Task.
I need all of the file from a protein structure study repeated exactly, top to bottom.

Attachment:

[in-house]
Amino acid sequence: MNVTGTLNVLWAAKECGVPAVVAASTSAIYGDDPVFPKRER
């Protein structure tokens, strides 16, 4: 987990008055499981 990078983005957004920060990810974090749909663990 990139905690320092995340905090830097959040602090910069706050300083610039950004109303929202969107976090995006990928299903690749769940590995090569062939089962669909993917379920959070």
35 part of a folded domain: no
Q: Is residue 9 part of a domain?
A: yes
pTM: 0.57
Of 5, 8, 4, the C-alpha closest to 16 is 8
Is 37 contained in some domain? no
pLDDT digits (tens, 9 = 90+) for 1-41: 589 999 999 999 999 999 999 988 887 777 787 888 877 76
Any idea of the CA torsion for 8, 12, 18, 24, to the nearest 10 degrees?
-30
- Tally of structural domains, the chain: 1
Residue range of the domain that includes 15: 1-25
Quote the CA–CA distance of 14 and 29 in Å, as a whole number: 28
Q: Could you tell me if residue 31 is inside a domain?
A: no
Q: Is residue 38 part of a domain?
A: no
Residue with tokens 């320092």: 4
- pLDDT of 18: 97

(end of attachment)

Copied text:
[in-house]
Amino acid sequence: MNVTGTLNVLWAAKECGVPAVVAASTSAIYGDDPVFPKRER
């Protein structure tokens, strides 16, 4: 987990008055499981 990078983005957004920060990810974090749909663990 990139905690320092995340905090830097959040602090910069706050300083610039950004109303929202969107976090995006990928299903690749769940590995090569062939089962669909993917379920959070």
35 part of a folded domain: no
Q: Is residue 9 part of a domain?
A: yes
pTM: 0.57
Of 5, 8, 4, the C-alpha closest to 16 is 8
Is 37 contained in some domain? no
pLDDT digits (tens, 9 = 90+) for 1-41: 589 999 999 999 999 999 999 988 887 777 787 888 877 76
Any idea of the CA torsion for 8, 12, 18, 24, to the nearest 10 degrees?
-30
- Tally of structural domains, the chain: 1
Residue range of the domain that includes 15: 1-25
Quote the CA–CA distance of 14 and 29 in Å, as a whole number: 28
Q: Could you tell me if residue 31 is inside a domain?
A: no
Q: Is residue 38 part of a domain?
A: no
Residue with tokens 């320092």: 4
- pLDDT of 18: 97